By Ryan MacArthur | 

Intravenous (IV) therapy involves the delivery of medication, blood or fluids directly into the bloodstream. While Peripheral IVs are more common, doctors and nurses also use Peripherally Inserted Central Catheters (PICC lines) when a patient requires chemotherapy, medication, nutrients or fluids for extended periods of time. Discover the differences between these two methods and the risks associated with each type of IV treatment.

Peripheral IV Overview

Healthcare providers use an estimated 200 million peripheral intravenous catheters each year, making them the most common form of IV treatment. Typically, a nurse will place a peripheral IV in a patient’s arm or hand and, depending on the hospital or facility and type of treatment, can leave it in the patient for up to four days.

What are the Dangers of a Peripheral IV?

Because almost half of all peripheral IVs fail, it’s critical to keep a close eye on complications like infiltration, extravasation, phlebitis, hypersensitivity, and infection. Issues can range from minor inconveniences like swelling and discomfort to severe pain, limb loss, and even death in the most extreme cases.

How Do I Know When Something is Wrong?

In most cases, the presence of swelling, burning, tightness, coolness, blistering, and redness in and around the IV site indicate something is wrong. You should alert your medical team immediately if you notice any of these symptoms during IV therapy.

PICC Line Overview

PICC lines are much more invasive and long-lasting (sometimes up to 12 months). A doctor will insert the line somewhere above the elbow in either the cephalic vein, basilic vein, or brachial vein before carefully advancing towards a larger vein closer to the heart. Patients usually receive an anesthetic prior to the procedure and have an x-ray done afterward to ensure the line is in the right position.\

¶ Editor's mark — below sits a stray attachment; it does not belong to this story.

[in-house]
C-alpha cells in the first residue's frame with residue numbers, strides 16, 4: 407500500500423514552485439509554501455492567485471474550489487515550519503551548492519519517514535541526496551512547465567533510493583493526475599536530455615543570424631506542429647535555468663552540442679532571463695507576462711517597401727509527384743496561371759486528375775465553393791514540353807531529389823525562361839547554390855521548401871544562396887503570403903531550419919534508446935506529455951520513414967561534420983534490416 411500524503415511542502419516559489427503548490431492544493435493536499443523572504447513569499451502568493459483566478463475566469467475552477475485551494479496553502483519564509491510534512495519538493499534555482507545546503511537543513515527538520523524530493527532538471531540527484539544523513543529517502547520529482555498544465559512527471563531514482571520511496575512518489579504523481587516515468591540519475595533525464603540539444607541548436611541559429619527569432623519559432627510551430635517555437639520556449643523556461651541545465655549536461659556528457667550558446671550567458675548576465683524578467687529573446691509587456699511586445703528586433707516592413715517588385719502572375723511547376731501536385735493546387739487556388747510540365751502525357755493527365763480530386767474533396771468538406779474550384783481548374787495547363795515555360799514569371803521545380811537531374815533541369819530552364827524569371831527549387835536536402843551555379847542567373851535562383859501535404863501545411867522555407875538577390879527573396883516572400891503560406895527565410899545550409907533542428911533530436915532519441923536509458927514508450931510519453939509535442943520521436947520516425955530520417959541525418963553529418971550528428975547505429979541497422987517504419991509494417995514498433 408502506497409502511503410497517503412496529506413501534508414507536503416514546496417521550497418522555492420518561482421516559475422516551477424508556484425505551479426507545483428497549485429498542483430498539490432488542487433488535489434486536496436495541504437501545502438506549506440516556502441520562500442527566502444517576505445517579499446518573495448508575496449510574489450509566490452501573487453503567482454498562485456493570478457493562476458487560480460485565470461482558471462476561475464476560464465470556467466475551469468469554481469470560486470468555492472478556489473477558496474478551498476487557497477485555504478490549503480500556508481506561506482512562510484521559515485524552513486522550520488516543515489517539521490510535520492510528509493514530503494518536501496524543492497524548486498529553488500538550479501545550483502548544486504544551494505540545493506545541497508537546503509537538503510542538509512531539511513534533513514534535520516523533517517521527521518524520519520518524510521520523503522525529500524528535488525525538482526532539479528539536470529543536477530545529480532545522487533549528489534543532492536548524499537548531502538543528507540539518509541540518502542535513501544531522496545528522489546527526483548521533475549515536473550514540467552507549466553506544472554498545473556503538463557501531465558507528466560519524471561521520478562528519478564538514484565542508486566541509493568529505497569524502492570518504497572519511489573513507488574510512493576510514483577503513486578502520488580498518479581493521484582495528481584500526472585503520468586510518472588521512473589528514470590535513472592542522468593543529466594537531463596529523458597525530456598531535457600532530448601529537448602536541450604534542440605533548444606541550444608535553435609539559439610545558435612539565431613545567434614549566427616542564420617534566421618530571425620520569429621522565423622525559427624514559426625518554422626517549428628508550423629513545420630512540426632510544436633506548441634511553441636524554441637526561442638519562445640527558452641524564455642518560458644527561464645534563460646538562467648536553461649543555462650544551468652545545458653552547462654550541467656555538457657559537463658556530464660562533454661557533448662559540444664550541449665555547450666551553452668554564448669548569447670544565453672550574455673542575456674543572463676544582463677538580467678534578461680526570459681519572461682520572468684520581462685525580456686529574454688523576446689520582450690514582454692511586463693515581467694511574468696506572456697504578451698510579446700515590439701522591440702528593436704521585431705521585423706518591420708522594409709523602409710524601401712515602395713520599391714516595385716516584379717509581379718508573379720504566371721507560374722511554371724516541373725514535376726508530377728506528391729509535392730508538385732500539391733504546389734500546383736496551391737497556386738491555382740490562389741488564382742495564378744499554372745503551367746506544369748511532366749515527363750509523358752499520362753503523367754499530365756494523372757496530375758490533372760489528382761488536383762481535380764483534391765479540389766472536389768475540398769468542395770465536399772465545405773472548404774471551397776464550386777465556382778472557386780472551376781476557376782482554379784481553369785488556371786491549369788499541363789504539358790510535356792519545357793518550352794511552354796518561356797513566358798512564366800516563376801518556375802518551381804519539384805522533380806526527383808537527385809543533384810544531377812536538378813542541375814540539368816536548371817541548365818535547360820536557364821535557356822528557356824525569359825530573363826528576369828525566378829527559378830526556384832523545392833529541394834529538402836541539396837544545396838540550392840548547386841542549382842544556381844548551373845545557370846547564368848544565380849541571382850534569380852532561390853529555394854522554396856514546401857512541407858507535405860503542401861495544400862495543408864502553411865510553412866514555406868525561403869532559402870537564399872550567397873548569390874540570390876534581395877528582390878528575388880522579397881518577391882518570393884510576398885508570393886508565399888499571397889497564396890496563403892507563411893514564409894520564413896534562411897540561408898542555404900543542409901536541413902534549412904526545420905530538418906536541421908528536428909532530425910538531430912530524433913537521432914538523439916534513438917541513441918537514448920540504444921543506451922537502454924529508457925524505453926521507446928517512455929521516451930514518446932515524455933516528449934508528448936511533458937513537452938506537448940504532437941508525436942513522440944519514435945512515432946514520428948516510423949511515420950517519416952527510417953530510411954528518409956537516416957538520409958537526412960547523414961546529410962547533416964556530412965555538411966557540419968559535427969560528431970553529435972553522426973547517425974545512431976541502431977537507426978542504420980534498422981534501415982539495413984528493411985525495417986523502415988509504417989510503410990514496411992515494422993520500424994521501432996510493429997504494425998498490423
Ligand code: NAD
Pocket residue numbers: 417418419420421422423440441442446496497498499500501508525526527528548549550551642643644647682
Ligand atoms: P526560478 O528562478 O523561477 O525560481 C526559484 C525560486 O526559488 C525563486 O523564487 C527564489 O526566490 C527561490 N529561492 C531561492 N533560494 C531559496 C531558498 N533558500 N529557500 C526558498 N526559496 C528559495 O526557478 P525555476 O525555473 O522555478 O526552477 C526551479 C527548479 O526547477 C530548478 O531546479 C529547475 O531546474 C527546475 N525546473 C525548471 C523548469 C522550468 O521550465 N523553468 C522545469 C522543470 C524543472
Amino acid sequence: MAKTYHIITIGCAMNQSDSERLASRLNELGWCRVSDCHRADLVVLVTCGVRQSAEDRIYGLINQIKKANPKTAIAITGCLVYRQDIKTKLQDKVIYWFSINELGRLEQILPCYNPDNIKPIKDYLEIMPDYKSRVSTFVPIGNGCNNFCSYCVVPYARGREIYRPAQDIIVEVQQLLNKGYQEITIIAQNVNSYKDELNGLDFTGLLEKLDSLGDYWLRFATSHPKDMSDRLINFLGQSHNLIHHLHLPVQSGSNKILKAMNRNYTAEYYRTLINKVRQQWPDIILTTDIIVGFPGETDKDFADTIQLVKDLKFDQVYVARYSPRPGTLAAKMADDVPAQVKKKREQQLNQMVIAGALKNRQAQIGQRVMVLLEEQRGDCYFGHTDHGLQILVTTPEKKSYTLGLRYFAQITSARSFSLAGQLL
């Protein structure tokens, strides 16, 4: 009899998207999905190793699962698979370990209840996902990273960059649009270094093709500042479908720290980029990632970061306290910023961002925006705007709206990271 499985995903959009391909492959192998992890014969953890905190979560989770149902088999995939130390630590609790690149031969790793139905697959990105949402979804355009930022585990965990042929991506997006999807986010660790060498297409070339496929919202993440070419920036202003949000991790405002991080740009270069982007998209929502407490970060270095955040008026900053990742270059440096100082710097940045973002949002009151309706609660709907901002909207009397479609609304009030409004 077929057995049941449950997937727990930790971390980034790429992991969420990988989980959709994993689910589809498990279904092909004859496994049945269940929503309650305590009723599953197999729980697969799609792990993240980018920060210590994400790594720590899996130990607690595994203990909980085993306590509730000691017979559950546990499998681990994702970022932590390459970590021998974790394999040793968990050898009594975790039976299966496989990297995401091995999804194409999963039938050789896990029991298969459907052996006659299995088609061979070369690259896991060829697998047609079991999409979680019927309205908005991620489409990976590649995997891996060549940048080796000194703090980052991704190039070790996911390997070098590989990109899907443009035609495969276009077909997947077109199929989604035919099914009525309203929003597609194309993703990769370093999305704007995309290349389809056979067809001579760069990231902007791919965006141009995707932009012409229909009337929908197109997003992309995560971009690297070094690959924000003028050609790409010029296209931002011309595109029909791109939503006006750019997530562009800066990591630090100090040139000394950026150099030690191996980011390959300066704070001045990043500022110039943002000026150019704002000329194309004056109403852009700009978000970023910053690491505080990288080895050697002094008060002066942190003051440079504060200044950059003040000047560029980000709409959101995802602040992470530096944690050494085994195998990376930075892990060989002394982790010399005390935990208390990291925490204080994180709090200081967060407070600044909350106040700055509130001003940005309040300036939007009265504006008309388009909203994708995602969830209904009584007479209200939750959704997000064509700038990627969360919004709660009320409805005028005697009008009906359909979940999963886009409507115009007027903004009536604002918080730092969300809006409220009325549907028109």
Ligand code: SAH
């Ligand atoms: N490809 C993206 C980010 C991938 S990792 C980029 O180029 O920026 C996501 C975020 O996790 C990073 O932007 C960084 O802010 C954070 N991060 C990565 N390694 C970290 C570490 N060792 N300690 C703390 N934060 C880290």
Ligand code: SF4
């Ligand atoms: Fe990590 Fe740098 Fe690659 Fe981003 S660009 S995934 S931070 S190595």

What are the Dangers of a PICC Line?

Inserting a PICC line is more invasive than administering a peripheral IV, which also means there can be added risks. Deep Vein Thrombosis and bloodstream infections are two of the more serious complications that can occur. Extravasation, or the leaking of vesicant fluids (like chemotherapy drugs) into the surrounding tissue, can be particularly dangerous.

How Do I Know When Something is Wrong?

Similar to Peripheral IVs, the appearance of swelling, tenderness or discoloration of the skin are strong indicators that a PICC line has failed. Symptoms of a bloodstream infection include fever and chills, rapid pulse, nausea and vomiting, and a low body temperature.

What Should I Do If My PICC Line or Peripheral IV Fails?

Always alert a healthcare professional as soon as possible if you are experiencing any symptoms of IV failure. Catching an IV failure early can make a significant difference in the severity of complications.

 

References –
Photo Source: https://heatherwritesablog.wordpress.com/tag/picc-line/.

The safe insertion of peripheral intravenous catheters: a mixed methods descriptive study of the availability of the equipment needed: https://www.ncbi.nlm.nih.gov/pmc/articles/PMC3508918/#B1.

Complications of Peripheral I.V. Therapy: https://www.nursingcenter.com/ncblog/february-2015-(1)/complications-of-peripheral-i-v-therapy.

Risk factors for complications in peripheral intravenous catheters in adults: secondary analysis of a randomized controlled trial: https://www.ncbi.nlm.nih.gov/pmc/articles/PMC5172614/.

 

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